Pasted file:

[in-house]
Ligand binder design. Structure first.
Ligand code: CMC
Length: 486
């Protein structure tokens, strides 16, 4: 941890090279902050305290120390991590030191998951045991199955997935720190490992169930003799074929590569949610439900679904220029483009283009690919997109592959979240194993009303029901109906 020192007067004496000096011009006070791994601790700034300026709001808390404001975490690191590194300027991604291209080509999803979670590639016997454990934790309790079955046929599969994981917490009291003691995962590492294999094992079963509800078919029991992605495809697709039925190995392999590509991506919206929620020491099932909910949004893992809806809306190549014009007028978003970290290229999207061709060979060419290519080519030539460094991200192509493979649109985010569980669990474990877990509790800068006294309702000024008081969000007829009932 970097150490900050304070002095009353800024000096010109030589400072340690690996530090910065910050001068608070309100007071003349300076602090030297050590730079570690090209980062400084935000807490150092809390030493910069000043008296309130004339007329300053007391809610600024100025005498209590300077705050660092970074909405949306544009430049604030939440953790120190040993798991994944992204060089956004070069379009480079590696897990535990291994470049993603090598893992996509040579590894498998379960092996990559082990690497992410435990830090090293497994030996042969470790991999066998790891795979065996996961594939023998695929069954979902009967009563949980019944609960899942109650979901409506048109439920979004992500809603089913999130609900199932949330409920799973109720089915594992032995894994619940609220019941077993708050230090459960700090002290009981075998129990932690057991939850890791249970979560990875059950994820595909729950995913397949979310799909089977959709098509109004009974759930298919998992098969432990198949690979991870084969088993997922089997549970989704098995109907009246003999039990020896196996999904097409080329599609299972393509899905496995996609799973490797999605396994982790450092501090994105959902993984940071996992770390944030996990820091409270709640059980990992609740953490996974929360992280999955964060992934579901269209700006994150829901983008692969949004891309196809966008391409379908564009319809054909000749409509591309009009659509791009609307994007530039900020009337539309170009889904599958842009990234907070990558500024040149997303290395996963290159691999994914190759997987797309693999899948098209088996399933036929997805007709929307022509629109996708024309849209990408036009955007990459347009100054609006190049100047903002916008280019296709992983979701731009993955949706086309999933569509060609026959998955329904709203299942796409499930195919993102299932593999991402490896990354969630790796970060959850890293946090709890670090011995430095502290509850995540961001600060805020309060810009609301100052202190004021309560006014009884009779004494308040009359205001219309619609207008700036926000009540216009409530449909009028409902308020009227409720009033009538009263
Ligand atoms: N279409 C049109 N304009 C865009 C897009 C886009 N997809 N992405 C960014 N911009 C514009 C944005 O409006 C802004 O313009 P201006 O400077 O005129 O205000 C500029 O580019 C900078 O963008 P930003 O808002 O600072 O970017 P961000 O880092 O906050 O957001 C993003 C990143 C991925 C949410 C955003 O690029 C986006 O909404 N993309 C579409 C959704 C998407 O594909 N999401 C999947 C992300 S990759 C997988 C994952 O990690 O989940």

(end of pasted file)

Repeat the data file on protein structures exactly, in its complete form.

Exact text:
[in-house]
Ligand binder design. Structure first.
Ligand code: CMC
Length: 486
């Protein structure tokens, strides 16, 4: 941890090279902050305290120390991590030191998951045991199955997935720190490992169930003799074929590569949610439900679904220029483009283009690919997109592959979240194993009303029901109906 020192007067004496000096011009006070791994601790700034300026709001808390404001975490690191590194300027991604291209080509999803979670590639016997454990934790309790079955046929599969994981917490009291003691995962590492294999094992079963509800078919029991992605495809697709039925190995392999590509991506919206929620020491099932909910949004893992809806809306190549014009007028978003970290290229999207061709060979060419290519080519030539460094991200192509493979649109985010569980669990474990877990509790800068006294309702000024008081969000007829009932 970097150490900050304070002095009353800024000096010109030589400072340690690996530090910065910050001068608070309100007071003349300076602090030297050590730079570690090209980062400084935000807490150092809390030493910069000043008296309130004339007329300053007391809610600024100025005498209590300077705050660092970074909405949306544009430049604030939440953790120190040993798991994944992204060089956004070069379009480079590696897990535990291994470049993603090598893992996509040579590894498998379960092996990559082990690497992410435990830090090293497994030996042969470790991999066998790891795979065996996961594939023998695929069954979902009967009563949980019944609960899942109650979901409506048109439920979004992500809603089913999130609900199932949330409920799973109720089915594992032995894994619940609220019941077993708050230090459960700090002290009981075998129990932690057991939850890791249970979560990875059950994820595909729950995913397949979310799909089977959709098509109004009974759930298919998992098969432990198949690979991870084969088993997922089997549970989704098995109907009246003999039990020896196996999904097409080329599609299972393509899905496995996609799973490797999605396994982790450092501090994105959902993984940071996992770390944030996990820091409270709640059980990992609740953490996974929360992280999955964060992934579901269209700006994150829901983008692969949004891309196809966008391409379908564009319809054909000749409509591309009009659509791009609307994007530039900020009337539309170009889904599958842009990234907070990558500024040149997303290395996963290159691999994914190759997987797309693999899948098209088996399933036929997805007709929307022509629109996708024309849209990408036009955007990459347009100054609006190049100047903002916008280019296709992983979701731009993955949706086309999933569509060609026959998955329904709203299942796409499930195919993102299932593999991402490896990354969630790796970060959850890293946090709890670090011995430095502290509850995540961001600060805020309060810009609301100052202190004021309560006014009884009779004494308040009359205001219309619609207008700036926000009540216009409530449909009028409902308020009227409720009033009538009263
Ligand atoms: N279409 C049109 N304009 C865009 C897009 C886009 N997809 N992405 C960014 N911009 C514009 C944005 O409006 C802004 O313009 P201006 O400077 O005129 O205000 C500029 O580019 C900078 O963008 P930003 O808002 O600072 O970017 P961000 O880092 O906050 O957001 C993003 C990143 C991925 C949410 C955003 O690029 C986006 O909404 N993309 C579409 C959704 C998407 O594909 N999401 C999947 C992300 S990759 C997988 C994952 O990690 O989940």